Archive for November, 2008

Malferd & Wife, 1953

Monday, November 24th, 2008

Malferd and his wife. Dated by lab, Dec 1953.

Three Boys, 1890s.

Tuesday, November 18th, 2008

Three boys, dressed and posed nicely, 1890s. Cabinet card by “Wm. Canfield,” location unknown.

John Deere 820, 1960s

Monday, November 17th, 2008

The John Deere 820 was, by some accounts, manufactured in the late 1950s, although some for sale say they were made in the 1970s. Known for its large-displacement 2-cylinder motor with excellent gear ratio, the 820 has been popular in tractor-pull events due to its inability to stall. This photo was the tail-end of a roll of slide film, and the film wasn’t large enough to fit into a standard slide frame. The owner made due by tracing a slide frame onto cardboard, cutting it out, and taping the film into it.

Studebaker Municipal Vehicles, 1962.

Friday, November 14th, 2008

The 1962 Studebaker Lark had all sorts of features that a city would want in a fleet vehicle: the compact Lark was redesigned for 1962, with a 5″ longer frame and a 109″ wheelbase, and their “police-built” engines came in 112 and 225HP versions on ‘regular’ gasoline. Studebakers had been operating as police cars for several years before, but a larger, more robust machine was hoped to increase their scope. Sadly, just a couple years later, the Studebaker was gone in the U.S. after 1966.

Riding The Dog, 1930s.

Thursday, November 13th, 2008

Baby, appearing to ride a dog, with the help of an older man in farming clothes. Appears 1930s.

Ed Nelson, WNAX, 1964.

Wednesday, November 12th, 2008

Ed Nelson had only worked for WNAX in Yankton, SD, for a couple years before he was hosting the morning news-and-music show, The Five State Parade, for ‘mid-morning relaxation’. You know that you’re listening to a farmer-focused radio station when 9:10am is ‘mid-morning’. Anyhow, Nelson stays with WNAX for another twenty years or so, retiring in 1988.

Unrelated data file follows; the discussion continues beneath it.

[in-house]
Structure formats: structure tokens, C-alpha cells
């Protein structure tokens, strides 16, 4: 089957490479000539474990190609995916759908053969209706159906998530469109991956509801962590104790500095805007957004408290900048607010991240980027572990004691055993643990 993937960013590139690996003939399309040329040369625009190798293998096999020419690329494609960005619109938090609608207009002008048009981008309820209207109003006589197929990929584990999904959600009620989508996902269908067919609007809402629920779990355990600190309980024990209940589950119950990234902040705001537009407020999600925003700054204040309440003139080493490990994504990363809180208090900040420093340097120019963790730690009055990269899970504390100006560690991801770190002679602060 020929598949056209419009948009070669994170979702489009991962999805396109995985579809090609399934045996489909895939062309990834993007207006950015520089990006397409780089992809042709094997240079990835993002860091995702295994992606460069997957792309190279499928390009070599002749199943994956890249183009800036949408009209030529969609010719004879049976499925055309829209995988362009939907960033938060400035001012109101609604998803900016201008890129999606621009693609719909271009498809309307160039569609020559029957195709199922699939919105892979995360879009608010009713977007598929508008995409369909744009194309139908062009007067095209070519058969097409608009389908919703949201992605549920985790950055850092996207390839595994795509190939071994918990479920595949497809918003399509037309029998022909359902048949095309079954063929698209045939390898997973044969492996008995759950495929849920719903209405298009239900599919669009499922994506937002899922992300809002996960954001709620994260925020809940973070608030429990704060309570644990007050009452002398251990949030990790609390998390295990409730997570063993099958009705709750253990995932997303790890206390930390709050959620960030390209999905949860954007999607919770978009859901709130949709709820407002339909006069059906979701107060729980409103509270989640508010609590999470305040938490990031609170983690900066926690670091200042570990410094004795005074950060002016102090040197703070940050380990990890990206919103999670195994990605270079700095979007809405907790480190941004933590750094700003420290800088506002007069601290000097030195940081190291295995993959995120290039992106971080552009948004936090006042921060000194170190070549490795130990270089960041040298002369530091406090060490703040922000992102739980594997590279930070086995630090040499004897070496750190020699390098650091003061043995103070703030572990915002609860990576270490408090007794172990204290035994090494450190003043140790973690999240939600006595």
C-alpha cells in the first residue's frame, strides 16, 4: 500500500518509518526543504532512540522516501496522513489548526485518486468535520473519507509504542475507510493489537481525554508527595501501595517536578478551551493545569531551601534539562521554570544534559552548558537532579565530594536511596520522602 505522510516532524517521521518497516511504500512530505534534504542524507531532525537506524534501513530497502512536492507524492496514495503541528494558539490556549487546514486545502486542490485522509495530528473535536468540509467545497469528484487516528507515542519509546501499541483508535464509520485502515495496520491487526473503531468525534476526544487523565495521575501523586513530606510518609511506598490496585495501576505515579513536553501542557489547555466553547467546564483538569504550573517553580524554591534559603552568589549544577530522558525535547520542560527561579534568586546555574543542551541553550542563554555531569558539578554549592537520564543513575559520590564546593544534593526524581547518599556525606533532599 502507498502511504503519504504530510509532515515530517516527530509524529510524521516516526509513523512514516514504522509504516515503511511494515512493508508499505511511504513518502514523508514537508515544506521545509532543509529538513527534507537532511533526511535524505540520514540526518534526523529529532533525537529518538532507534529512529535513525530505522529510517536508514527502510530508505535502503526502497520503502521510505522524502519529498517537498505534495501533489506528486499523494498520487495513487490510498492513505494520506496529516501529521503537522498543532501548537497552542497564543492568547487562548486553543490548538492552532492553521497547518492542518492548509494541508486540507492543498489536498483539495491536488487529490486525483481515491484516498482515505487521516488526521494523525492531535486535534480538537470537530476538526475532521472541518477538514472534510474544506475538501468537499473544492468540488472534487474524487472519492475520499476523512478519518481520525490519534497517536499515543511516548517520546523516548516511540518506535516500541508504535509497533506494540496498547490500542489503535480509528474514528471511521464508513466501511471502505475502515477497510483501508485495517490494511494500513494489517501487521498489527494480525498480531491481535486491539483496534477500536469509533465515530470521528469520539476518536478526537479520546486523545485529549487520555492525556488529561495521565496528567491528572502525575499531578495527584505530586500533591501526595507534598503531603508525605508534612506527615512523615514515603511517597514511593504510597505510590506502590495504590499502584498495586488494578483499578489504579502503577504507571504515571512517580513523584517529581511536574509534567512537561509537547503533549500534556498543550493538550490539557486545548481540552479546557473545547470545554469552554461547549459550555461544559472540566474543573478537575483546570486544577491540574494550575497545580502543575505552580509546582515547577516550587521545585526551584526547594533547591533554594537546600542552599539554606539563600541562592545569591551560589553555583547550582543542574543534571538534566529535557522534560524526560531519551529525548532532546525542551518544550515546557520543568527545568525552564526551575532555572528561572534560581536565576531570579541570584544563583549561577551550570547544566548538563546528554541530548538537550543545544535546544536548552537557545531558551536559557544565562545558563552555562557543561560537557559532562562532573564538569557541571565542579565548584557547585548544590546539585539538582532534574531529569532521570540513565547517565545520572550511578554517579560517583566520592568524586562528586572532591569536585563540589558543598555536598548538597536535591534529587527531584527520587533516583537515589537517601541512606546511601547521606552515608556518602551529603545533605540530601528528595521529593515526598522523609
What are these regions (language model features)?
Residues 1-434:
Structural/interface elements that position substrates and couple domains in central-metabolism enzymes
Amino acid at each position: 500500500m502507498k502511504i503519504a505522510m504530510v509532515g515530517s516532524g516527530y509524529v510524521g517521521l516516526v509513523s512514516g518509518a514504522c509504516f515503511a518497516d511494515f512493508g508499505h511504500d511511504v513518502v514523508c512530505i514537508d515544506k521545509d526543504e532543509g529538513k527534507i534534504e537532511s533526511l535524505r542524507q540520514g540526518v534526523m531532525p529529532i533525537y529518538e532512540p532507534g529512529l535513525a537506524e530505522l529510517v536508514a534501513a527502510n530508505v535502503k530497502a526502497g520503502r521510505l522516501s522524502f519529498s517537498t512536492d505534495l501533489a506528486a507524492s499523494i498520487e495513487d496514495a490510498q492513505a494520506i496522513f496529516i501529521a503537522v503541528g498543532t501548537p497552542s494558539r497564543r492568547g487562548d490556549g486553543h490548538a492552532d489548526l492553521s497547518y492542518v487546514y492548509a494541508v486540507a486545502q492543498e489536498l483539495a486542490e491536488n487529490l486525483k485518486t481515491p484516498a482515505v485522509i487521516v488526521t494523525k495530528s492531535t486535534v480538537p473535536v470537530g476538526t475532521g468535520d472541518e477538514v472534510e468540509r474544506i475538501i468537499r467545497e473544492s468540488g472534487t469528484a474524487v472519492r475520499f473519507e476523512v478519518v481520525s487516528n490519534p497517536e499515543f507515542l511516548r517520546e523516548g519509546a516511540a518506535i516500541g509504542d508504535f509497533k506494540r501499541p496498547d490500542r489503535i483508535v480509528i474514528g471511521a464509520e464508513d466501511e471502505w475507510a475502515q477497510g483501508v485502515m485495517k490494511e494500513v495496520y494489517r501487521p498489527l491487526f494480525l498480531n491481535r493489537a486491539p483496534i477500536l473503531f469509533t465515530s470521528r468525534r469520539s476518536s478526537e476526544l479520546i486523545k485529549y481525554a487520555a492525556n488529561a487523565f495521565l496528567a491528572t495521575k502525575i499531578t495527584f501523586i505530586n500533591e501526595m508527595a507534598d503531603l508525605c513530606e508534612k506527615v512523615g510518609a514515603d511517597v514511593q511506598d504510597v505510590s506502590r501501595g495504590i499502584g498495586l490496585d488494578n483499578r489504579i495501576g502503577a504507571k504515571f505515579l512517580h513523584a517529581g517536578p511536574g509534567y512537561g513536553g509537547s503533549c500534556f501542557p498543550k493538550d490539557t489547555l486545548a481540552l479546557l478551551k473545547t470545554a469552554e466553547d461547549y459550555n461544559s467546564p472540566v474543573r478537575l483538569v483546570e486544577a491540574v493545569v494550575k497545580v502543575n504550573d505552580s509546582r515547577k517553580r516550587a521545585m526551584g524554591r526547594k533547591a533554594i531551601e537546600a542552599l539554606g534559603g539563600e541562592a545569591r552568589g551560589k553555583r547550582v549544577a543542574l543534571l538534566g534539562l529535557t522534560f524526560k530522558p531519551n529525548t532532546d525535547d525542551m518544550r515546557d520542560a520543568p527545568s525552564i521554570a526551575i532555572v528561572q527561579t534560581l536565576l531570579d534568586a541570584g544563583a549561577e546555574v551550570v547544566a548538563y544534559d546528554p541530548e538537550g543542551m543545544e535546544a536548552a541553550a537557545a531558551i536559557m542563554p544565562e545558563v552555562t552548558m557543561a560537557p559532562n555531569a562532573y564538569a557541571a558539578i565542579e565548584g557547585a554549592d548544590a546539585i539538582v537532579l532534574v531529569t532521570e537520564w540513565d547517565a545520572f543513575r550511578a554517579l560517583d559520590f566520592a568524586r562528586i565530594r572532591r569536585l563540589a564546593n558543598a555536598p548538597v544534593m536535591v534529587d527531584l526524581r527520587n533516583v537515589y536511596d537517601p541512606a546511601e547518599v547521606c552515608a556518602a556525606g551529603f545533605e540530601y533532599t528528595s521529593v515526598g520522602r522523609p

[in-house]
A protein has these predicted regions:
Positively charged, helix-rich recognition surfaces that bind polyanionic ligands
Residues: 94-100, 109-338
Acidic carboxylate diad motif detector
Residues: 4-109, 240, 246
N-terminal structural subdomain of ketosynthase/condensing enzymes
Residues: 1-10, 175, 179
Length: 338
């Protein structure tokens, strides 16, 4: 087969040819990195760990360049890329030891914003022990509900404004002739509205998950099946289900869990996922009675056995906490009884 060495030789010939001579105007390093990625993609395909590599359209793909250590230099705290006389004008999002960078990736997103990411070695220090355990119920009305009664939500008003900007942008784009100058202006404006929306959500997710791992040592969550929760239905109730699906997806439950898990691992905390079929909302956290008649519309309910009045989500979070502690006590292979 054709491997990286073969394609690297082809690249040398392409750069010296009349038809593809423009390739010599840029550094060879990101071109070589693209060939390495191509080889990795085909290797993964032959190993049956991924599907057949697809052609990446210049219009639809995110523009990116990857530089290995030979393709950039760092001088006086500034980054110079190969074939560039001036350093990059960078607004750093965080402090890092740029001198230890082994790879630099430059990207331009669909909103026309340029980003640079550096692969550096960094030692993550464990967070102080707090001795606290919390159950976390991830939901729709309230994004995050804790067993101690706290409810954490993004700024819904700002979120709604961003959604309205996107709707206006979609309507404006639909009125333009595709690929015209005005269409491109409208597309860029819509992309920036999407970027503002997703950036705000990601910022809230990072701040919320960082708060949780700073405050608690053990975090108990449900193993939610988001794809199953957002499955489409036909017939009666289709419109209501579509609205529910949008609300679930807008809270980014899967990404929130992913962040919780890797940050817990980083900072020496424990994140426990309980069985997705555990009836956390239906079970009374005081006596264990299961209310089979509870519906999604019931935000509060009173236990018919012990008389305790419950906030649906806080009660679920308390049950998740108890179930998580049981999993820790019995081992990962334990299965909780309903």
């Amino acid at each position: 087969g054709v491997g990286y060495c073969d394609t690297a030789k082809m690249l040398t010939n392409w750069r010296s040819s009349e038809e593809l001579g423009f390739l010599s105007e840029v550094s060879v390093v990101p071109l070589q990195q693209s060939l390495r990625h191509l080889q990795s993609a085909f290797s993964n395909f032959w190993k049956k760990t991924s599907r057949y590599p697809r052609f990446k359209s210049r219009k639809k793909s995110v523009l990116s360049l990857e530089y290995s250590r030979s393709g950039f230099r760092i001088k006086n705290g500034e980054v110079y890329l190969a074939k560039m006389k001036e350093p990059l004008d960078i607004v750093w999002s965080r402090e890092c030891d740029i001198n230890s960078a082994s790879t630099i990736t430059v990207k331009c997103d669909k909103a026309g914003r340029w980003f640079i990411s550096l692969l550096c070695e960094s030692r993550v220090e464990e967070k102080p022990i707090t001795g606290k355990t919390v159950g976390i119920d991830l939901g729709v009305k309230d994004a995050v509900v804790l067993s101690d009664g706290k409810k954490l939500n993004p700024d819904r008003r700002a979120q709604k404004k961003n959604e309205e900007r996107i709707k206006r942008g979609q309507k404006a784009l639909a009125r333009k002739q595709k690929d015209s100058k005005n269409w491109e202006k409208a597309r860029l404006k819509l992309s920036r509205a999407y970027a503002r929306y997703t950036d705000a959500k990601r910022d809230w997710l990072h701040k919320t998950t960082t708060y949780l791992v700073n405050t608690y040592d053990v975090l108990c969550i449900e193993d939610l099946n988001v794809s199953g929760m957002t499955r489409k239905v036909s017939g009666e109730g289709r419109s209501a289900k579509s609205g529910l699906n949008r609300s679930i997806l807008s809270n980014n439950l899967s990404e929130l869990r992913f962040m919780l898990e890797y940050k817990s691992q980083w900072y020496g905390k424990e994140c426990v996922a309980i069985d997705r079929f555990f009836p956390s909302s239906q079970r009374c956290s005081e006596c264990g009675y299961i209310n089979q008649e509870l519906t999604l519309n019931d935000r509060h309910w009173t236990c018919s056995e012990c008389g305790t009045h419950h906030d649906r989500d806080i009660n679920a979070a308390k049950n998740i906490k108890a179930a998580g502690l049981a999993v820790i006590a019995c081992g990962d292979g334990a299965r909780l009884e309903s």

Armistice Day, 1910s.

Tuesday, November 11th, 2008

Today is Armistice Day, commemorating November 11, 1918. It first was just a celebration of the end of the largest war the world had ever seen, but as time passed and we saw that, no, wars could get much, much worse, the day was changed to Veteran’s Day, honoring those who fought in those wars.

Climate Map of North America, N.D.-Centric, 1929.

Monday, November 10th, 2008

Saying “North Dakota is the center of North America” is a factual truth; just outside Rugby N.D. is a monument to that fact. What’s more remarkable is the interpretive turn: the map paints North Dakota as the baby bear’s porridge of our continent. West is Too Dry, north is Too Cold, east is Too Wet, and south is Too Hot. North Dakota meets in the middle, and is thus the perfect place to live, right? I’m a fan of the state, you know, but we’re actually in a position that gets all of the above: deadly droughts, destructive floods, sub-zero winters and 100°+ summers. It seems the cartographer who drew the map was mistaking us for Hawaii. I know, it’s an easy mistake to make, but it’s an over-simplification of what North Dakota’s climate is like.

Autumn Farmstead, 1920s

Friday, November 7th, 2008

A wind-blown prairie farmstead, circa 1920s. I believe this farmstead was located on the northern end of Clay County, Minnesota, north of Felton.

The Linotype Machine, 1915.

Thursday, November 6th, 2008

Above is the proto-blogger: a Linotype compositor. From the days of Gutenberg, publishing had been completed by assembling tiny chunks of metal with embossed letters on the top edge. The Linotype machine simplified the process by casting those metal letters in entire lines at a time, by means of a keyboard, ready to go to the press. I’ve seen these amazing machines in operation first-hand, and have several text ’slugs’ around here, some with my and my kids’ names on them. The machines are completely mechanical, produce an amazing amount of text in a very short amount of time, and later versions (they were used well into the late 20th century) even had the ability to operate unmanned, receiving instructions via the news-wires. Unlike blogging compositors today, due to their size and expense Linotype machines rarely made it to the ranks of amateur publishers, but did help move the ability to composite type from the hands of skilled master typesetters to anybody that could be trained to use the keyboard. If you’d like an overview of how these amazing machines worked, you can see a section from an article in The Book Of Wonders.